And really, that’s the whole point of all this…  It’s about ratings.  It’s about increasing audience share.  It’s about boosting merchandise sales.  However we look at the past few days, this has been if nothing else very clever marketing on the part of the BBC.  The level of interest and press coverage has been huge.  The two-minute “reveal” video previewed on BBC1 on Sunday, ironically after the Men’s Singles Final at Wimbledon, has to date been viewed well over nine million times from the BBC’s Facebook page alone – that’s double the average TV audience figures for actual broadcast episodes over this past year!  Sales of DVDs and downloads of TV series and movies starring Jodie  have also shown a marked increase according to retailers. And let us not forget other aspects of the timing of the announcement here…  It comes in the same week that the Advertising Standards Authority announced new guidelines on the portrayal of gender roles in the media and, of course, there’s that small matter of the parallel reveal of BBC salaries and its apparent gender disparity – at least our new Doctor now knows how much Peter Capaldi was being paid, if nothing else.  Negotiate a good deal, Jodie!

They say no publicity is bad publicity and I’ve no doubt that this will definitely prove the case here.  The level of attention shows no sign of waining. Traffic through the main social media channels remains unprecedented in Doctor Who terms and, this very evening, the BBC cleverly issued a formal response to the complaints they have apparently received.  I say “cleverly” because it really just recycles quotes from the production team on Sunday about the benefits of this casting decision for the future of the programme.  Even those nude pictures in the tabloids were kind of predictable – didn’t we have some similar coverage when David Tennant’s casting was announced?  He went on to become the most successful Doctor since the show’s reboot.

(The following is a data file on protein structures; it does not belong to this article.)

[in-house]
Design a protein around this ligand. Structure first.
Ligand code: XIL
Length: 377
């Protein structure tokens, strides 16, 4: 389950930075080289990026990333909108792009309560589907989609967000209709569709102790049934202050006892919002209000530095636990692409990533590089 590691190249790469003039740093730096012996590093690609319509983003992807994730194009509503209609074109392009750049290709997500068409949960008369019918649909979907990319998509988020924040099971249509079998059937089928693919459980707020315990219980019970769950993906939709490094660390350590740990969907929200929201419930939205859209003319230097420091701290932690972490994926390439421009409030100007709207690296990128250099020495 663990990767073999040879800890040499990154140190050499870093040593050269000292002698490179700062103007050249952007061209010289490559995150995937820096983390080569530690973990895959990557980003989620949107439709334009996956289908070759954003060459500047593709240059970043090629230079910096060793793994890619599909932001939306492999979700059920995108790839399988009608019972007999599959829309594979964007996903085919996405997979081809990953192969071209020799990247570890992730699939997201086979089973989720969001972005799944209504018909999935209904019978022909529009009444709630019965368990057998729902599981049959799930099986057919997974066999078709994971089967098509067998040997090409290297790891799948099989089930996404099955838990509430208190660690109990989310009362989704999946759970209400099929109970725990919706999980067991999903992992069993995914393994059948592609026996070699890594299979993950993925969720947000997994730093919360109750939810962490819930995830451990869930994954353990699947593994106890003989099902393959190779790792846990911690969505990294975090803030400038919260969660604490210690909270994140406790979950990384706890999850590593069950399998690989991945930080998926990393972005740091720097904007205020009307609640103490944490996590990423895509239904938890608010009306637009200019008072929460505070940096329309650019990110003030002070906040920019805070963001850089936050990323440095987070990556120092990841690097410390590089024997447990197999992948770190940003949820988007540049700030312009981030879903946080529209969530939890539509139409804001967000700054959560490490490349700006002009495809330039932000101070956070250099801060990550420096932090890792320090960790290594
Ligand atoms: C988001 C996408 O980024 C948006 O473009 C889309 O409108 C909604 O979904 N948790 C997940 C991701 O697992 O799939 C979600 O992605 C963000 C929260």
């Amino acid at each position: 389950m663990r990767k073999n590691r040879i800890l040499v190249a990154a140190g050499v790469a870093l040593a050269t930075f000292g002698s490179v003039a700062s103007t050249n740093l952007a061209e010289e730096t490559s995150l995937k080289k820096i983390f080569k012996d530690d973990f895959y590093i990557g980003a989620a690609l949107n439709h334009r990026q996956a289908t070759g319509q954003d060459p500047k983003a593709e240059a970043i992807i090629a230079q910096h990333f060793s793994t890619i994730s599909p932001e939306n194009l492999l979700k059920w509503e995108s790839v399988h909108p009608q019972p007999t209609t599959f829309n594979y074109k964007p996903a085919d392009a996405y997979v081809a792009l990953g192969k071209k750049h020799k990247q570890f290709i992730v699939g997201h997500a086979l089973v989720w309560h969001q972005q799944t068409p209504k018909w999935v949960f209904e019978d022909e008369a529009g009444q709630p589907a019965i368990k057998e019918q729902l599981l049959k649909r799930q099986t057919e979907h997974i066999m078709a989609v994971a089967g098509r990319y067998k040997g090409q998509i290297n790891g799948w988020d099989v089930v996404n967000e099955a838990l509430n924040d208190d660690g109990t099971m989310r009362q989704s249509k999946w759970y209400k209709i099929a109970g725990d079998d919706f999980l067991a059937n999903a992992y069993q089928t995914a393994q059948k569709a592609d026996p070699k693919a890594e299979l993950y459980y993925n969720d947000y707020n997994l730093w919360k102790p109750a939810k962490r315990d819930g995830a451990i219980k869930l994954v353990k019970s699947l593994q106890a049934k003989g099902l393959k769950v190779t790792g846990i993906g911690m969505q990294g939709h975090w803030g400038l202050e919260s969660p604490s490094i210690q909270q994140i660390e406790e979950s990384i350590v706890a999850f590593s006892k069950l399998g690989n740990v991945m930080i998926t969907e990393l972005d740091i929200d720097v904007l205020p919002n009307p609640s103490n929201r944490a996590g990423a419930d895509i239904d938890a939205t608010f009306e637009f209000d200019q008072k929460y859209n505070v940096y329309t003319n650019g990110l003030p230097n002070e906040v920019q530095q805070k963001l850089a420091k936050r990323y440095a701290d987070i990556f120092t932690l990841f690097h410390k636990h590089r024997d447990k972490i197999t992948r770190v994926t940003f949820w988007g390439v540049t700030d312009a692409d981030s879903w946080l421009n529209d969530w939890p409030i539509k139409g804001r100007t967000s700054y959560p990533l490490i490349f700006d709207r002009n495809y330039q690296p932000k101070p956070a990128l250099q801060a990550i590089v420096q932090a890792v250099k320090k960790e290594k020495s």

What will the outcome be?  Well, we have to wait a full year for the first full Jodie Whittaker season to air, time enough to build audience anticipation (and subsequent viewing figures) in a way that worked so well for past castings such as Peter Davison, Paul McGann and Christopher Eccleston.  Tease the audience with something new and exciting, then make them wait – a lovely marketing ploy!   The knock-on merchandise sales are potentially huge too, a female Doctor opens up so many new marketing opportunities from clothing (still have my Tom Baker scarf) to children’s toys (doll sales peaked with David Tennant, of course, being bought largely by adults).  So, from a BBC point of view, they are on to a sure-fire winner here.  Well done, Auntie.

And as a fan…?  I’m on to a winner too, me thinks.  A great show refreshed in a wonderfully innovative way – and (did I mention this earlier?) it stars Jodie Whittaker, folks!  Wow!!!   Who could ask for more…   As the Fourth Doctor once said in his debut story, “There’s no point in being grown up if you can’t be childish sometimes”

 

Why your brain prefers Prezi

Tomorrow, I have another random collection of meetings to attend.  If all goes true to form, I will end the day suffering from acute death-by-PowerPoint.  There’s just something about having to sit through slide after slide after slide that makes you want to leave your brain in a bucket when entering the room and pick it up again on the way out.  But why does Mickeysoft’s ubiquitous tool have such an effect on us?